Note on Critical issues with Boil-Off Gas Generating from Marine Fuel LNG
Department of Mechanical Engineering, Korea Advanced Institute of Science and Technology, Korea
Submission: February 17, 2017; Published: March 22, 2017
*Corresponding author: Daejun Chang, Graduate School of Ocean Systems Engineering, Department of Mechanical Engineering, Korea Advanced Institute of Science and Technology, Republic of Korea, Email: firstname.lastname@example.org
How to cite this article: Daejun C. Note on Critical issues with Boil-Off Gas Generating from Marine Fuel LNG. Ocean & fish Open Access J. 2017; 1(4): 555568. DOI: 10.19080/OFOAJ.2017.01.555568
The Marine Environment Protection Committee (MEPC) of the International Maritime Organization (IMO) decided at its 70th session in London in October 2016 that the 0.5% sulphur cap for marine fuels hall be globally implemented from 2020.This decision is in line with public opinion and global collaboration with respect to reducing the marine pollutants such as SOx, NOx, particulate matters, and even green-house gases emitted by ships [1,2]. Three options seem available for ship owners: low- sulphur fuel, scrubbers, and LNG (liquefied natural gas) fuel.
Of the alternatives, the LNG solution clearly shows the best environmental performance since this cryogenic fuel is free from sulphur and particulate matters with a significant potential for CO2 reduction . Even in the event of fuel leakage, LNG just vaporizes into the atmosphere without significant impact on marine ecosystem. However, some challenges are identified for this solution regarding economics, safety, and environmental friendliness that are mainly related with the boil-off gas (BOG) from the cryogenic liquid fuel.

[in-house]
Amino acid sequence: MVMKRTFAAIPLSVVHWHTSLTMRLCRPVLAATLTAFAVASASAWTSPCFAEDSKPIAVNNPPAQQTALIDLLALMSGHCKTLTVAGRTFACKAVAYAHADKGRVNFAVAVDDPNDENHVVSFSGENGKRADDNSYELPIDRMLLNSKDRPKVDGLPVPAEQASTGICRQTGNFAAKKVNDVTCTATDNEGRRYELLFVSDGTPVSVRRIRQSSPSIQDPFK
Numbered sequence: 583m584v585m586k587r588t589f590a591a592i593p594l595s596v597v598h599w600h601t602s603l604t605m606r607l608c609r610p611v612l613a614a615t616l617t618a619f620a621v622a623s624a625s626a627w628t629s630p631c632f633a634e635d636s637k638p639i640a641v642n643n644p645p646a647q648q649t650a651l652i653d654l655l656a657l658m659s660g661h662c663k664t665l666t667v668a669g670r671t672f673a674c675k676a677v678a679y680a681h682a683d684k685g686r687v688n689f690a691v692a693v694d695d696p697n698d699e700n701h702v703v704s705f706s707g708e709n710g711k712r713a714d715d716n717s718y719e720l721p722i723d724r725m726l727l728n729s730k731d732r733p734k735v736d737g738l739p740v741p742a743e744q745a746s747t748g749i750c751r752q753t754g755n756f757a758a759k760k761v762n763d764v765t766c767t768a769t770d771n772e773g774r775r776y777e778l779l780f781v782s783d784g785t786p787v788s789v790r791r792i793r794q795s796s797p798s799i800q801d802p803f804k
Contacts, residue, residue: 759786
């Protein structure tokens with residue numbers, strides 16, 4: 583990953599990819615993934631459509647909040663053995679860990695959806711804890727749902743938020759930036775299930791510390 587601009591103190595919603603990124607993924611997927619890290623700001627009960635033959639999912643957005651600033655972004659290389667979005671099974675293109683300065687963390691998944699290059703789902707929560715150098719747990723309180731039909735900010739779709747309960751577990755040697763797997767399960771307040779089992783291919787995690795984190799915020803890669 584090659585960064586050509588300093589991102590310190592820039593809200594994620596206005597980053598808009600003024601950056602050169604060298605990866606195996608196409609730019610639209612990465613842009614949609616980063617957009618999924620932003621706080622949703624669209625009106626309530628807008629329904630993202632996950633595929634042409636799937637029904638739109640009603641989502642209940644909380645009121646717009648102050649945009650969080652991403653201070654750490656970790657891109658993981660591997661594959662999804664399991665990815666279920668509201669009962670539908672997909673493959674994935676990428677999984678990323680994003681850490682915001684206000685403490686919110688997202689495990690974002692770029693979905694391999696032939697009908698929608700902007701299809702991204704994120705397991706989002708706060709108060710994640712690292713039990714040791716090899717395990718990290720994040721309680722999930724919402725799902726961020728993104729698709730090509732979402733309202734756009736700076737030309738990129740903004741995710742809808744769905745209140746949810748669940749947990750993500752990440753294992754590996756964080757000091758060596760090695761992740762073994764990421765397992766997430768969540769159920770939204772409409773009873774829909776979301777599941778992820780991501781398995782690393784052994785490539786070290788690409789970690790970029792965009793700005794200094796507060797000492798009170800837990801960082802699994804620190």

LNG is stored within a heavily insulated tank around-160 °C under the vapor pressure ranging from the atmospheric pressure up to 10 barg. Due to the large temperature difference from the surroundings, heat ingress into the tank, insulation, and connected piping leads to BOG generation. Unless the BOG is removed from the tank, the tank pressure increases gradually with time. So, there are two kinds of tanks in terms of operating pressure: pressure tanks and non-pressure tanks. The former hold the BOG within it at the expense of pressure rise while the latter emit BOG to keep the internal pressure near the atmospheric pressure. The IGC and IGF codes [4,5] further classify the LNG tanks depending on the installation type and need of secondary barrier against leakage from the tanks as shown in Table 1. Only Type C tanks are pressure vessels that can keep BOG inside and have no secondary barrier due to their invulnerability against leakage. The flammable gas BOG plays a critical role in judging safety and economics of ships carrying refrigerated fluids [6-9]. In order for non-pressure vessels of Type A, Type B, and membrane tanks to be used for LNG storage, BOG should be vented from the tanks and handled in appropriate ways such as re liquefying, burning, using as fuel, or exporting externally the BOG. Though all these approaches to BOG handling accompany dedicated equipment, trained crew, and additional expense, they make an economic sense for very large LNG carriers that are equipped with those non-pressure tanks [6,7]. To the contrary, the fuel LNG tanks for small ships have been of Type C tanks for the sake of no need of BOG handling.